Sunday, January 21, 2007

A Strange Winter


Grandubbione forest fire
with a happy ending,
extinguished
To say that the winter has been strange is an understatement. It has only snowed briefly and without real conviction. To complicate matters it is incredibly dry. This past week we have seen forest fires popping up thru out our valley. The helicopters and fire fighters have been stretched to their limits and driven mad by the gale force winds that hit a few days ago. They just had everything about out and then fires started popping up like mushrooms here and there. Yesterday we had 4 different fires going that we could see from Pinerolo. More than a bit disconcerting. It was so strange too yesterday as I strolled thru the market all the vendors were with out their usual canopies and tenting as it was so warm and sunny, but not so strong of a sun that they needed to protected their goods. This is January in the alps? On the way home I noticed some of my favorite purple creeping flower that are the first to bloom here getting well underway and more an more buds starting to break and peak up thru the ground. I fear that after such a bountiful year for fruit last year we are going to be lacking as I'm sure there is going to be some cold weather still to come, even if it is in June.
Then late this afternoon we had a fire break out at the end of our road about 5 km behind us and the helicopters and firefighters rushed here and put out one small fire and seem to be getting the bigger one under control Thank goodness to the dedicated people that help out in such an emergency. We hear the trucks going down now so it seem they have put it out. If only it would snow and help us all out.
My primulas are happy, so I'll take pleasure in them and hope we get some moisture.

Friday, January 19, 2007

I Dare Myself Too!

I seem to be on a 24/7 dash, to revamp my B&B website, so not a great deal of time for guilt free blogging or blog browsing. The winter refuses to cooperate and happen, so instead of winter antics and activities to blog about, I thought I would finally write about a challenge that Ilva over at Lucullian Delights put forward way back on the 3rd of January. "Lucullian Delights, An Italian Experience" is where I first discovered the fascinating world of blogging, and discovered the power of blogs to draw me in regularly to not only savor her incredible droolable food photographs and moody Tuscan landscapes, but I found myself away on a trip to all sorts of culinary adventures and beyond to all sorts of places and people, thanks to My Blog Log. I no longer felt like I was in such a remote part of the Italian alps anymore. Well we're not so remote, just not so close to town up a small twisty road that seems like you're very remote. I love her inventiveness and courageous approach to cooking. She uses a lot of spices and food combinations that I haven't been so freely adventuresome with myself. I'm a different kind of inventive that has found a renewed courageousness when I find myself trying to make cuisine other than Italian without the proper Asian or Mexican ingredients. I have become very brave with forging on with local ingredients with interesting and usually very satisfying results. Anyway, She had started a meme one year previous called "This Year I Dare" to come up with 5 things she had not made before and didn't get thru all the list so has brought the challenge forward again for this year. I've been contemplating and it's not too late to put one forward myself. Ilva's is already in her archive for Jan 06. You might want to put one together also, feel free to do the same. We'll see how we get on by next year.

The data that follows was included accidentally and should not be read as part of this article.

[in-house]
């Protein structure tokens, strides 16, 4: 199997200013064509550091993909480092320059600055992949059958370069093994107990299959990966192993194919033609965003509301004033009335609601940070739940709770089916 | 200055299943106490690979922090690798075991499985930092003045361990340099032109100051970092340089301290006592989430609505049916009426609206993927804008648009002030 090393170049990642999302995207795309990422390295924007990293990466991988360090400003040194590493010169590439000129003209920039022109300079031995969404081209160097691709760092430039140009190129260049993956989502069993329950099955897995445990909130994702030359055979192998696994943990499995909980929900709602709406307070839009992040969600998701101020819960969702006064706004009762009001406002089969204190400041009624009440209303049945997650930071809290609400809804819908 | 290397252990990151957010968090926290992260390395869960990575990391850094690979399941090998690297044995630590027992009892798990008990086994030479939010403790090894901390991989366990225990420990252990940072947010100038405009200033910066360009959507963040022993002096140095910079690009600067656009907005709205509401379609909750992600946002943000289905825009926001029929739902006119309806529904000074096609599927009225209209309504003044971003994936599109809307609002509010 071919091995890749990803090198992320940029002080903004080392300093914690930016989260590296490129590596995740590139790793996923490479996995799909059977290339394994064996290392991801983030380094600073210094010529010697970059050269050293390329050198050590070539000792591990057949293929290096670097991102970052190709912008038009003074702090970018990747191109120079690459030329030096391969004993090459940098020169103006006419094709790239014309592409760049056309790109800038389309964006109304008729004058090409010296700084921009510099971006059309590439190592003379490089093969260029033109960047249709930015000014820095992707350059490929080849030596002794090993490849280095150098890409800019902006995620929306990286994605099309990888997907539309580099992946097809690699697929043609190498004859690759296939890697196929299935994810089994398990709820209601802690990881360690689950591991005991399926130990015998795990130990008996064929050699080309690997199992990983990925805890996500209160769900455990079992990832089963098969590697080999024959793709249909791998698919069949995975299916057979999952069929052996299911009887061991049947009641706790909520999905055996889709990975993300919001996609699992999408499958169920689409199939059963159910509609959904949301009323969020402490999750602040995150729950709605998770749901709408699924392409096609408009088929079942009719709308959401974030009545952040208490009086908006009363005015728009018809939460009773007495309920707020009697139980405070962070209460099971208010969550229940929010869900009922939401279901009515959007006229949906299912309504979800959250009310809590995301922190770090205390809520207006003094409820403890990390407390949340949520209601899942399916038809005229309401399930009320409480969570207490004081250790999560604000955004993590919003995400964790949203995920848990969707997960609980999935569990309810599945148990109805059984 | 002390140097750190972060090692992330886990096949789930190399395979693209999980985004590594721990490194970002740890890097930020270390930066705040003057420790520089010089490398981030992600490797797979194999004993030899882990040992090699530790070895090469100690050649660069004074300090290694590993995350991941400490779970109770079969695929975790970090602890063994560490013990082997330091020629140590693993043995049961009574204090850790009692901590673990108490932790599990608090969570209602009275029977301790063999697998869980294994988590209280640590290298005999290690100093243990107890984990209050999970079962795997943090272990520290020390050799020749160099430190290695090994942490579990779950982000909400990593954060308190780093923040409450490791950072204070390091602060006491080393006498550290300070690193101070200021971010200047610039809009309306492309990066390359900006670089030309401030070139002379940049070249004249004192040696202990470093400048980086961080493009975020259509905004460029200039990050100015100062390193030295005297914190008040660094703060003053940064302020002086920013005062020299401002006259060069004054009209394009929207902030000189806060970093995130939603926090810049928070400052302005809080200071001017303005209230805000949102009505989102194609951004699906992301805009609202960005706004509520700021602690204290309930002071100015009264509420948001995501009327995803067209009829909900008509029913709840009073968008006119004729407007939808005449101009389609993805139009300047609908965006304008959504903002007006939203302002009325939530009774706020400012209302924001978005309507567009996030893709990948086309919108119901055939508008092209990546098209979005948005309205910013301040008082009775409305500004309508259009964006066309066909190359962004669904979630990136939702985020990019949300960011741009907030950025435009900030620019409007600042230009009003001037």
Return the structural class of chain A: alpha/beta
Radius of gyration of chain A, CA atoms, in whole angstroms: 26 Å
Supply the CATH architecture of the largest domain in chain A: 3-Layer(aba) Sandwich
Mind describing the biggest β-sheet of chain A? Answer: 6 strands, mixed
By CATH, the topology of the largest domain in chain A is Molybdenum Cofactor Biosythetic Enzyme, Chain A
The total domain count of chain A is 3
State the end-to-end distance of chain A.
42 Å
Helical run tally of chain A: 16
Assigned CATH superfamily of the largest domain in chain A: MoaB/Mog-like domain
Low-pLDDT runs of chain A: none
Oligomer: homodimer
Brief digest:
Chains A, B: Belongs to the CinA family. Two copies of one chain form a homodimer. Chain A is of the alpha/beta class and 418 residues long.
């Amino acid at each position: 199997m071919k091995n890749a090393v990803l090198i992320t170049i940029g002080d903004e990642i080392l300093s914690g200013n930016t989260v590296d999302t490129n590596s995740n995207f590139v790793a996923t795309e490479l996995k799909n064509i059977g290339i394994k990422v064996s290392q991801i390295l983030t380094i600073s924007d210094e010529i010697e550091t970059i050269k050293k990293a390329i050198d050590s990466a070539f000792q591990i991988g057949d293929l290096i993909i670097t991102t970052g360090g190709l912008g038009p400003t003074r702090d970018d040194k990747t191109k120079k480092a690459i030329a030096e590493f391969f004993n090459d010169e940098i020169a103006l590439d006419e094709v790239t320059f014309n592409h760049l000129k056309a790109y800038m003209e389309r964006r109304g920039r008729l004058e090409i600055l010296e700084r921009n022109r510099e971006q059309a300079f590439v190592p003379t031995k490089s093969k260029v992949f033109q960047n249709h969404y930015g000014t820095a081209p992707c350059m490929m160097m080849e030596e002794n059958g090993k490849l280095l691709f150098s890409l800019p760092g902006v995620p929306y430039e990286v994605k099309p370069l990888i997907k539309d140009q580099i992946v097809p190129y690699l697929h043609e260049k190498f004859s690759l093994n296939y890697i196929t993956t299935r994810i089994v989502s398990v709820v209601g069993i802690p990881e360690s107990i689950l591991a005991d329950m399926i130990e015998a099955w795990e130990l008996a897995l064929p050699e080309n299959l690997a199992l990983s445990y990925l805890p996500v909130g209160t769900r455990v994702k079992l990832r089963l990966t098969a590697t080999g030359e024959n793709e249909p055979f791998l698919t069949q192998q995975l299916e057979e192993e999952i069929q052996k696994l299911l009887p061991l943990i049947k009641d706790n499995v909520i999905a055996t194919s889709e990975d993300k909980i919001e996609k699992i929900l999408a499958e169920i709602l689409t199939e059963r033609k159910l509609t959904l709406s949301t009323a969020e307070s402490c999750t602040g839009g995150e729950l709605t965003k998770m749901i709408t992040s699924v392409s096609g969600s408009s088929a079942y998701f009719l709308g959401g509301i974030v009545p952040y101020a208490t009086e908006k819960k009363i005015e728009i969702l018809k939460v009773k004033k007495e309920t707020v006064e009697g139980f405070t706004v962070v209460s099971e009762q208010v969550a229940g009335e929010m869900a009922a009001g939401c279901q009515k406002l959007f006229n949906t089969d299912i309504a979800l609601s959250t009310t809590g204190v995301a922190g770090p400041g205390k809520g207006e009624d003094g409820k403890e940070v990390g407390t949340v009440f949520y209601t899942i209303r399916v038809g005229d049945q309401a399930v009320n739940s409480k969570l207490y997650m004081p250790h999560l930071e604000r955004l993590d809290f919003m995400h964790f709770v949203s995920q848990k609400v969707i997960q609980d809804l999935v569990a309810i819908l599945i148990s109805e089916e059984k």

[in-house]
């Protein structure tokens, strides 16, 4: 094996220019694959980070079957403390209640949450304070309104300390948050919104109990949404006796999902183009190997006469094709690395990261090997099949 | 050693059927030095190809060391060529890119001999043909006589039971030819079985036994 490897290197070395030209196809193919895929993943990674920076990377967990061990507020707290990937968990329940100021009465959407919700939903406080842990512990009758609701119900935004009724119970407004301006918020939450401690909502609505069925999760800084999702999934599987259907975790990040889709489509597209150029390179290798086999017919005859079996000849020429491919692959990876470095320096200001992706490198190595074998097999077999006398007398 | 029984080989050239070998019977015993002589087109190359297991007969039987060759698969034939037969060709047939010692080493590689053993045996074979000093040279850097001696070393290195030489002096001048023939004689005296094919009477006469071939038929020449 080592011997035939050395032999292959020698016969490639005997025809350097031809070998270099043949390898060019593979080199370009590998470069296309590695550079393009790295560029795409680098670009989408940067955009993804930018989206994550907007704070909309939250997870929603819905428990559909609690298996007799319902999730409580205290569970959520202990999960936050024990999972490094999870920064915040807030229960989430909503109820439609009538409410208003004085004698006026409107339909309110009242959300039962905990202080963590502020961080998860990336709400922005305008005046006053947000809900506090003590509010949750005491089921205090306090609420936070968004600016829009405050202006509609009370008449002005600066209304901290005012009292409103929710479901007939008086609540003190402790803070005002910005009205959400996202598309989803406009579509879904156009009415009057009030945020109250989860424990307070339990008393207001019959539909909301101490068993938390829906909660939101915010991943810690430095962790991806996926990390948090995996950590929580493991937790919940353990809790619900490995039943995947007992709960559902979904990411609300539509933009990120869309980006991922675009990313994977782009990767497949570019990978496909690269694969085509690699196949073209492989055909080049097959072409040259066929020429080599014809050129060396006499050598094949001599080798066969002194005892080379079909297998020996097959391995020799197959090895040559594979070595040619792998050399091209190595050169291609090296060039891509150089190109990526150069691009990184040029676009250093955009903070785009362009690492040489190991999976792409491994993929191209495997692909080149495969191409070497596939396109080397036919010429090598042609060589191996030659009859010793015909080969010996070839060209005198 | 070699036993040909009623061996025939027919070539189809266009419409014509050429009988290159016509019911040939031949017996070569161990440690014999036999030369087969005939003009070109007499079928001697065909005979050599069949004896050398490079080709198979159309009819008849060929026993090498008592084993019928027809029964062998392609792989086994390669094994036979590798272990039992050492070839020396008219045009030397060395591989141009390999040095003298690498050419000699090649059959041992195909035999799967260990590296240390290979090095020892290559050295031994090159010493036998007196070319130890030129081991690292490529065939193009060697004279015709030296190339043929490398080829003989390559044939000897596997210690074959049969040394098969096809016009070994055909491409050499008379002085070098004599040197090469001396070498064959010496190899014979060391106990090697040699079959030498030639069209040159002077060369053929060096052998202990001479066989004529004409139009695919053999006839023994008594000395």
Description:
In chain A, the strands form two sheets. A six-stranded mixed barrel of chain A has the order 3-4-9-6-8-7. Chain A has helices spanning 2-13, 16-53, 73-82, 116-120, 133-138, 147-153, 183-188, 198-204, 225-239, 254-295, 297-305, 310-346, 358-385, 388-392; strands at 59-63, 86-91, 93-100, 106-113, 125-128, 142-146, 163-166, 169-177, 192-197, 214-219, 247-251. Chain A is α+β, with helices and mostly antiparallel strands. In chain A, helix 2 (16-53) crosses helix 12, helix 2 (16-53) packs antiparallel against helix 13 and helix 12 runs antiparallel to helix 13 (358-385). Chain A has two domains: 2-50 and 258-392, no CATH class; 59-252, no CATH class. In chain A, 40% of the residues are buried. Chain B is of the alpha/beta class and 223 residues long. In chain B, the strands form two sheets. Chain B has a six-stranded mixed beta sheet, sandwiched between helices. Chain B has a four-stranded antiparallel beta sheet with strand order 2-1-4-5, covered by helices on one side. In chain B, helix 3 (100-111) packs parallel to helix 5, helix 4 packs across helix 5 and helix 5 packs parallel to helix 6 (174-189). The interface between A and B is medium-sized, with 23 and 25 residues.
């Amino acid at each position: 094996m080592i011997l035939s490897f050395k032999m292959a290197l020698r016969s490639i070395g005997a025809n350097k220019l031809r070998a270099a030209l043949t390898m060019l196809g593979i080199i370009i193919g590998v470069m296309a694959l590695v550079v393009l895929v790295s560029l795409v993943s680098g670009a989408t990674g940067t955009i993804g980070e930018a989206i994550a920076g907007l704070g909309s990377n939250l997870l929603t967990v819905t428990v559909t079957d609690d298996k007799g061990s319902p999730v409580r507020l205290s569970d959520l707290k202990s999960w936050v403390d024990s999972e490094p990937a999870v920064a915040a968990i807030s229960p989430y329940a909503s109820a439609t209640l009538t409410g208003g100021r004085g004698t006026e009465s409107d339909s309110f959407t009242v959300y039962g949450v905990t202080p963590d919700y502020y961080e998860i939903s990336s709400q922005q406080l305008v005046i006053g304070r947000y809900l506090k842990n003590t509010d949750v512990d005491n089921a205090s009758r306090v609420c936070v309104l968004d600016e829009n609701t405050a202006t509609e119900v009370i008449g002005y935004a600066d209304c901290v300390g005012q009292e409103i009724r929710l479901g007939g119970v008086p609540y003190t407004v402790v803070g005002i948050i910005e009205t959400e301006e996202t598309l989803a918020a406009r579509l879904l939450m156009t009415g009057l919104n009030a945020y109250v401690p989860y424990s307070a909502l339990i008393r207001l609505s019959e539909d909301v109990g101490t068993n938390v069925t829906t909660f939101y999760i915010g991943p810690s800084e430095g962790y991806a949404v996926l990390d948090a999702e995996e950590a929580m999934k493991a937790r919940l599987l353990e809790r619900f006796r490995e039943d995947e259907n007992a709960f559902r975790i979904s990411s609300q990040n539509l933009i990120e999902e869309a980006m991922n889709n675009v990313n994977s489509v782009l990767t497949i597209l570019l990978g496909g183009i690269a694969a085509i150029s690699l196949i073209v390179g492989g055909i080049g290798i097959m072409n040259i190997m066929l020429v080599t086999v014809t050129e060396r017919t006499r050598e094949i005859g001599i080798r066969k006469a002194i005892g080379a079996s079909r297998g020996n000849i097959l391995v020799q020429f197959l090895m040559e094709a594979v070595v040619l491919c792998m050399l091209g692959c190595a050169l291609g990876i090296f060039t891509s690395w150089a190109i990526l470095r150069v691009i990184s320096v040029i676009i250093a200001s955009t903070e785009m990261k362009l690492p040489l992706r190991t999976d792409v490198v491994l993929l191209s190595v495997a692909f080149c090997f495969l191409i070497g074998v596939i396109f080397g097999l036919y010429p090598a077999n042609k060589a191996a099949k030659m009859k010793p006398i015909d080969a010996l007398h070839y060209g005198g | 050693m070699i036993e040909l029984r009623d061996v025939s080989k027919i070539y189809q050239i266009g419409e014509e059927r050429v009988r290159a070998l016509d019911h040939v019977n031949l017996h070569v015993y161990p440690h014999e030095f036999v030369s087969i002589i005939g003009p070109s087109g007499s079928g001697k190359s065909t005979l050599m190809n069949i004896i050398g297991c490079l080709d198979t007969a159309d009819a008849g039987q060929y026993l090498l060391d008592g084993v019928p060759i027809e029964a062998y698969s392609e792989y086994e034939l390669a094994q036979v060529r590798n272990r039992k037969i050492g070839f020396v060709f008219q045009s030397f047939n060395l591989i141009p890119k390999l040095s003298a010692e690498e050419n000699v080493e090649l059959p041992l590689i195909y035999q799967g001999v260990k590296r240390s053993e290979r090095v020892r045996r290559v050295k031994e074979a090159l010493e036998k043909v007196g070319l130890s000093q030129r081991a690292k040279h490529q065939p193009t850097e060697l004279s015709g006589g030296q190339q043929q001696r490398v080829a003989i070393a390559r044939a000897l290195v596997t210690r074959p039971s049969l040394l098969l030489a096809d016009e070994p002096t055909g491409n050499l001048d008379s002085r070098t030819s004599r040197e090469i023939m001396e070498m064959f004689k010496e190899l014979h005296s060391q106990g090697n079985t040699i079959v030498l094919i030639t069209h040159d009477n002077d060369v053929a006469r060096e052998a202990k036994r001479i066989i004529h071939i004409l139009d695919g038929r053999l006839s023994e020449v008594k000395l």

My list
  • 1) Fresh Ideas for some of my favorites veggies that I hadn't really made before coming to Italy. Fresh Artichokes and Cauliflower(the ones in the picture below are called Roman varieties) and fennel. Love em and want to expand my repertoire.
  • 2) Sardinian Ravioli. Rowena from over at Rubber Slippers In Italy made some awhile back and I have been wanting to try them ever since, as they are an upright dumpling type affair that looks like they take a bit of patience and practice.
  • 3)Dim Sum ok, so they aren't Italian, but I've never made any and I'm always curious to build on my somewhat weak repertoire of Asian food
  • 4) Scary flat fish. Turbot I think. Fish has never appealed to my adventuresome side but they always make it look so easy on our local version of "Ready Steady Cook",(La Prova delle Cuoco) that I think I must pick up the gauntlet. I was inspired by a picture of one I found on Toraa's, Norwegian site, after he stopped in the other day.
  • 5) Carnival Bugia, like the ones pictured at the top of the post. I've made one variety of filled ones that are sort of like sopapillas, but the flat lasagne strip types ones are so yummy and light, that I must discover their secret. Anyone have any ideas?